Article 1.2.5

Ethical Guide to Multiple Relationships and Therapy
John C. Buckner
Jason P. Austin

Therapy is a process that explores our past and often brings out issues that we have not dealt with for a while. This can be scary for many of us. With movies and television giving the therapy process a negative stigma, the decision to pursue therapeutic services is often a difficult one (Kaplan, 2008; Vogel, Gentile, & Kaplan, 2008; Vogel, Wade, & Hackler, 2007). However, what television and Hollywood producers forget to mention is that there exist ethical codes and boundaries that prevent therapists from forming multiple relationships with their clients to protect the therapists and their clients.

But do these ethical codes actually protect both parties? Given that not every therapist conducts himself or herself in an unprofessional, problematic manner similar to those portrayed in the media (Borys & Pope, 1985), what do these ethical codes actually prohibit? What do they encourage? These questions are important when considering therapeutic treatment. The purpose of this literature review is to inform the reader about the ethical guide that has been laid out for therapists to use concerning the nature of multiple relationships. This review also touches on the ongoing debate concerning the ethical nature of multiple relationships.

Therapists are trained to join and create a therapeutic alliance with their clients. It is well known that the relationship between client and therapist is extremely important in the therapeutic process. As therapists begin to work with clients, both parties develop a deep, meaningful connection with each other–perhaps unlike any relationship the client has ever experienced. This meaningful relationship can be a powerful instrument that assists in bringing about therapeutic change. Unfortunately, these powerful connections may affect the better judgment of the therapist, causing the therapist to put the therapeutic process in harm’s way by adopting additional roles and relationships with his/her clients. These types of roles and relations are known as dual or multiple relationships. According to Woody and Woody (2001), a multiple relationship is defined “as a situation in which the [therapist] functions in roles associated with a professional relationship with a client and also assumes another definitive and intended role that is not inconsequential or a chance encounter” (p. 44).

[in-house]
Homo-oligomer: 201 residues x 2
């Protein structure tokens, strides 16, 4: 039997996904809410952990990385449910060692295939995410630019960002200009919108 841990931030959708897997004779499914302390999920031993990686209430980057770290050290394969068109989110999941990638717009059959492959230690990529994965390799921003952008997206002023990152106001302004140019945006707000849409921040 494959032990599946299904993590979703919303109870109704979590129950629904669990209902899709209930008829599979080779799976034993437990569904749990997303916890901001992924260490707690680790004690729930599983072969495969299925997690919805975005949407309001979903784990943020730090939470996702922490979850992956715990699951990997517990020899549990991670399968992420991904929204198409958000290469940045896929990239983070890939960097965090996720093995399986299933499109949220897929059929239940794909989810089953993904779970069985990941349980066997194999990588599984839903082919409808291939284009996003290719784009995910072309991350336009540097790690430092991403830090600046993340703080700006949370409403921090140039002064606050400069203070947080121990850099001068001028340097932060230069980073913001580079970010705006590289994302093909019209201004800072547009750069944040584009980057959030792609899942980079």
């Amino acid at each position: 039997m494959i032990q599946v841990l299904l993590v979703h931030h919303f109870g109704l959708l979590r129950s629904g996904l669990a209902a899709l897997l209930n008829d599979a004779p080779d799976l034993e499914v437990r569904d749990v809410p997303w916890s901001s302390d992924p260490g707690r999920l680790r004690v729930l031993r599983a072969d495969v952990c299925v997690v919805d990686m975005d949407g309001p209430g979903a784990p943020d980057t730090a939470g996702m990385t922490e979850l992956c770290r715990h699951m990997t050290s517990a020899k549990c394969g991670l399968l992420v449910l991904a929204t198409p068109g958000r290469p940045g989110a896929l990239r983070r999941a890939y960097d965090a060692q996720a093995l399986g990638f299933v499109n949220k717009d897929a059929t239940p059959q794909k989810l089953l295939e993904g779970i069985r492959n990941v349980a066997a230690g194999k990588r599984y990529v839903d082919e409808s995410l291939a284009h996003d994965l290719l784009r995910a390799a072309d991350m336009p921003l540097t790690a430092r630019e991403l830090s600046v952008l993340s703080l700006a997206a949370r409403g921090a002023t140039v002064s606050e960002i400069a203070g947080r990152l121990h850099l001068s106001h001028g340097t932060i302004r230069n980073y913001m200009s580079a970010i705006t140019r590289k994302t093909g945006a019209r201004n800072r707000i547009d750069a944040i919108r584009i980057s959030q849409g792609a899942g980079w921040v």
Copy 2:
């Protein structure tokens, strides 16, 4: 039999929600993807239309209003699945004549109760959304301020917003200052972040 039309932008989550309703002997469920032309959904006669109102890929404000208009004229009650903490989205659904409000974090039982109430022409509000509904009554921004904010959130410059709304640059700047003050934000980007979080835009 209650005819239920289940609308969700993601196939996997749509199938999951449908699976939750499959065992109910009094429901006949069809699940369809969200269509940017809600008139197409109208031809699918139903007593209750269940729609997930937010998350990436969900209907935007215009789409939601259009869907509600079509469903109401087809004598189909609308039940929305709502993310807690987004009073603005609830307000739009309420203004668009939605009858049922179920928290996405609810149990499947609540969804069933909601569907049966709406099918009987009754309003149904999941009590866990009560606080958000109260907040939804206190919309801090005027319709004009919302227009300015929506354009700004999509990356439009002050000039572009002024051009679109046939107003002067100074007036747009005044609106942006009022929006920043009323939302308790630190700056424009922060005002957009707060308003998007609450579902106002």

Little research has been conducted on the negative effects of multiple nonsexual relationships with clients; in fact, some argue that they may be helpful (Freud & Krug, 2002, as cited in Ringstad, 2008). However, the negative effects of sexual relationships between therapist and client have been well established. Bouhoutsos, Jolroyd, Lerman, Forer, and Greenburg (1983) reported that sexual relationships with therapists affect clients emotionally, socially, and sexually in negative ways. Their experience in therapy is most often a negative one that impacts their personality and family life.